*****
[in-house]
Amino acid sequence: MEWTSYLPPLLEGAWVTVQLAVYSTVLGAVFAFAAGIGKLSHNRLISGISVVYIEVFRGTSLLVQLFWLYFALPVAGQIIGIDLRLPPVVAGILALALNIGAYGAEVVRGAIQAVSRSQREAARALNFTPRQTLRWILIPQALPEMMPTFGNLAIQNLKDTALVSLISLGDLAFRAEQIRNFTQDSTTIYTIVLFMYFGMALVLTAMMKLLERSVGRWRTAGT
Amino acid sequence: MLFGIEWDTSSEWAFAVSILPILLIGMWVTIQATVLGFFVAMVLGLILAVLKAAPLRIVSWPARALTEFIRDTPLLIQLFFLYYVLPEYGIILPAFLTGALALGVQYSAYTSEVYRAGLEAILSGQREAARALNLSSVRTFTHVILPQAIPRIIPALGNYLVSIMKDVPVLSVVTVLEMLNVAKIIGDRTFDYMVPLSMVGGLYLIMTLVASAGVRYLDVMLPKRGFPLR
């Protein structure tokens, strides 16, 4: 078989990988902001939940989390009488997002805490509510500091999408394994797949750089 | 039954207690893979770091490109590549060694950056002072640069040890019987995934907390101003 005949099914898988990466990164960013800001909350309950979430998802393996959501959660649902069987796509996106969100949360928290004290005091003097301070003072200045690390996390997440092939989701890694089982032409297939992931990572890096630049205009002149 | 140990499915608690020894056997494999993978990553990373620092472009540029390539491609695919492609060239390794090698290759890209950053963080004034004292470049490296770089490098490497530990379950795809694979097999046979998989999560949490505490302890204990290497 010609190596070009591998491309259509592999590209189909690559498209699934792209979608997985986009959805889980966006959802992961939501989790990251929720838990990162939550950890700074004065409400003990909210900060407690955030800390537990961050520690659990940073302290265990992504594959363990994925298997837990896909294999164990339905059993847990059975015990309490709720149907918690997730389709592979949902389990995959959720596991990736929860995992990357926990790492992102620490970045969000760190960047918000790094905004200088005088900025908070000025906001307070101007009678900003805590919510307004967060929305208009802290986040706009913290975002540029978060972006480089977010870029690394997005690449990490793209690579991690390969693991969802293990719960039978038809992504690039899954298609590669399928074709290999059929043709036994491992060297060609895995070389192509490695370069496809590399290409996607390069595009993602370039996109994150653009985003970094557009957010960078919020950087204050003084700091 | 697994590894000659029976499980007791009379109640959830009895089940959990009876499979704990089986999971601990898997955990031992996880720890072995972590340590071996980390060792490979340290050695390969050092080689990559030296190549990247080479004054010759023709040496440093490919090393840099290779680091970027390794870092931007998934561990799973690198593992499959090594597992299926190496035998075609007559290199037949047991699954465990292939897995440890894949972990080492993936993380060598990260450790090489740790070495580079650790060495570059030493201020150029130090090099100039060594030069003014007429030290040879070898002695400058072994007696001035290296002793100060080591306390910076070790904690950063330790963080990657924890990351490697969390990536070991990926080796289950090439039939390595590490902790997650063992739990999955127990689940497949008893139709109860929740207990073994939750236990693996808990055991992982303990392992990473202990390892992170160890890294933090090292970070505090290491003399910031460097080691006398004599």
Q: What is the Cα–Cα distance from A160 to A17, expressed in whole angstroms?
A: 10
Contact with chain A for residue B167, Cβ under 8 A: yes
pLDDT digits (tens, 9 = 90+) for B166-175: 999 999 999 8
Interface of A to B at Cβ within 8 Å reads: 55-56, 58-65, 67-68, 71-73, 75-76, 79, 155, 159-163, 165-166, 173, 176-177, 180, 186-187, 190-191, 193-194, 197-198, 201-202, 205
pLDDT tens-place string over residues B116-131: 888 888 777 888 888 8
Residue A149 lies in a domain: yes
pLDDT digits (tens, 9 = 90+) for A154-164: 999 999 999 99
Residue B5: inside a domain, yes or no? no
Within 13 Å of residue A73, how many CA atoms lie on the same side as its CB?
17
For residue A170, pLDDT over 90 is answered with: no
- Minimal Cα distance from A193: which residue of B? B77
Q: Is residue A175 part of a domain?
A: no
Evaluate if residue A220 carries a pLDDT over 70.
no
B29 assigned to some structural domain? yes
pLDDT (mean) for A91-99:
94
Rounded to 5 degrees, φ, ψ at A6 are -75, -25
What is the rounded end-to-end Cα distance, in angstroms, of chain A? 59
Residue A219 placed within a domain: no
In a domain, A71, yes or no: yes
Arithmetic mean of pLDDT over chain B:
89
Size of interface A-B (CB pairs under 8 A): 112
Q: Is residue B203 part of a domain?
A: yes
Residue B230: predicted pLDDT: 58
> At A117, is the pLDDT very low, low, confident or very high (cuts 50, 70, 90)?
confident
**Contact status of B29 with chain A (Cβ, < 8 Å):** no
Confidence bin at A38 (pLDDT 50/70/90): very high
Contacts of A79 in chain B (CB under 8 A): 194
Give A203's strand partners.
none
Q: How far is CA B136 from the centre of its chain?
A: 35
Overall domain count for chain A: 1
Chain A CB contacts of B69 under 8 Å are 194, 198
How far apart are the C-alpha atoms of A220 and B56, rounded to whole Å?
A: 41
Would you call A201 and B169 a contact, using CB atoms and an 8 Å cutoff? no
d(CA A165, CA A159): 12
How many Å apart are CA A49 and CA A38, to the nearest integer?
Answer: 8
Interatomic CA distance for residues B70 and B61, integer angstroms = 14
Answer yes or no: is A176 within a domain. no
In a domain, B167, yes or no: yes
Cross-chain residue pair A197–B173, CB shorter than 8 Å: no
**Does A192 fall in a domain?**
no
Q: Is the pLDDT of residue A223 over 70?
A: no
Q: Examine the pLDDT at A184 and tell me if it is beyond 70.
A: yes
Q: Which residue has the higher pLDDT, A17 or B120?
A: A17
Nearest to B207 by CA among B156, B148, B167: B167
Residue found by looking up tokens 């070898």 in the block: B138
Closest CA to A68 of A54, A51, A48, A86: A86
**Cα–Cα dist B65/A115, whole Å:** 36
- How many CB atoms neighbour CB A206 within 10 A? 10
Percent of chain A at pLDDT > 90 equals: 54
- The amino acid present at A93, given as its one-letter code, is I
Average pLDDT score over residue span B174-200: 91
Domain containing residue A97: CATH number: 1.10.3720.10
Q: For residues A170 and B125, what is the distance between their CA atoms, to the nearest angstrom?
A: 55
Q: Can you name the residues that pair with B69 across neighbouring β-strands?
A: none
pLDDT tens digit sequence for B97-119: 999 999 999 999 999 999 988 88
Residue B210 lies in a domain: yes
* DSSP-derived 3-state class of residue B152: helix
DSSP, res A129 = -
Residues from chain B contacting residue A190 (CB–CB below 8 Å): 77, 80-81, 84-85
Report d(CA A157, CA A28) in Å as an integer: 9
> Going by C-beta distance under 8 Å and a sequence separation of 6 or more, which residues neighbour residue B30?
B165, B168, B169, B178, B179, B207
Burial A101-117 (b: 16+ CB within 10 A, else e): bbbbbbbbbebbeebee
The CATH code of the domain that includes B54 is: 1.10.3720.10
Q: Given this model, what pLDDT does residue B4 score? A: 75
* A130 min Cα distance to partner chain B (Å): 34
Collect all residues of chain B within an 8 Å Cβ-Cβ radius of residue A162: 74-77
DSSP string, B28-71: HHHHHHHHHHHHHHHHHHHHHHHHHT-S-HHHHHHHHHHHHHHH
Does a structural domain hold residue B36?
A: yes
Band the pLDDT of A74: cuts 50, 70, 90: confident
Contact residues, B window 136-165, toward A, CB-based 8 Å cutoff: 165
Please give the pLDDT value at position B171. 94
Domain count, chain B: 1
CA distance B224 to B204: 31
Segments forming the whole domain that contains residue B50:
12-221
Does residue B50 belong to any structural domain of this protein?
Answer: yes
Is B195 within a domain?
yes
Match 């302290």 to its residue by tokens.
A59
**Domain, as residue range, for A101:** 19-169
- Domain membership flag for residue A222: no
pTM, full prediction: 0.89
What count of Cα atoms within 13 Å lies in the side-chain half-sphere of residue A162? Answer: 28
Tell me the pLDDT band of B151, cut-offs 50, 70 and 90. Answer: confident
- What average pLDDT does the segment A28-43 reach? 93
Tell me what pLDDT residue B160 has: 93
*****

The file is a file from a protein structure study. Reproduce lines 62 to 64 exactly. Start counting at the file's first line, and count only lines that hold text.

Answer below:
Q: Which residue has the higher pLDDT, A17 or B120?
A: A17
Nearest to B207 by CA among B156, B148, B167: B167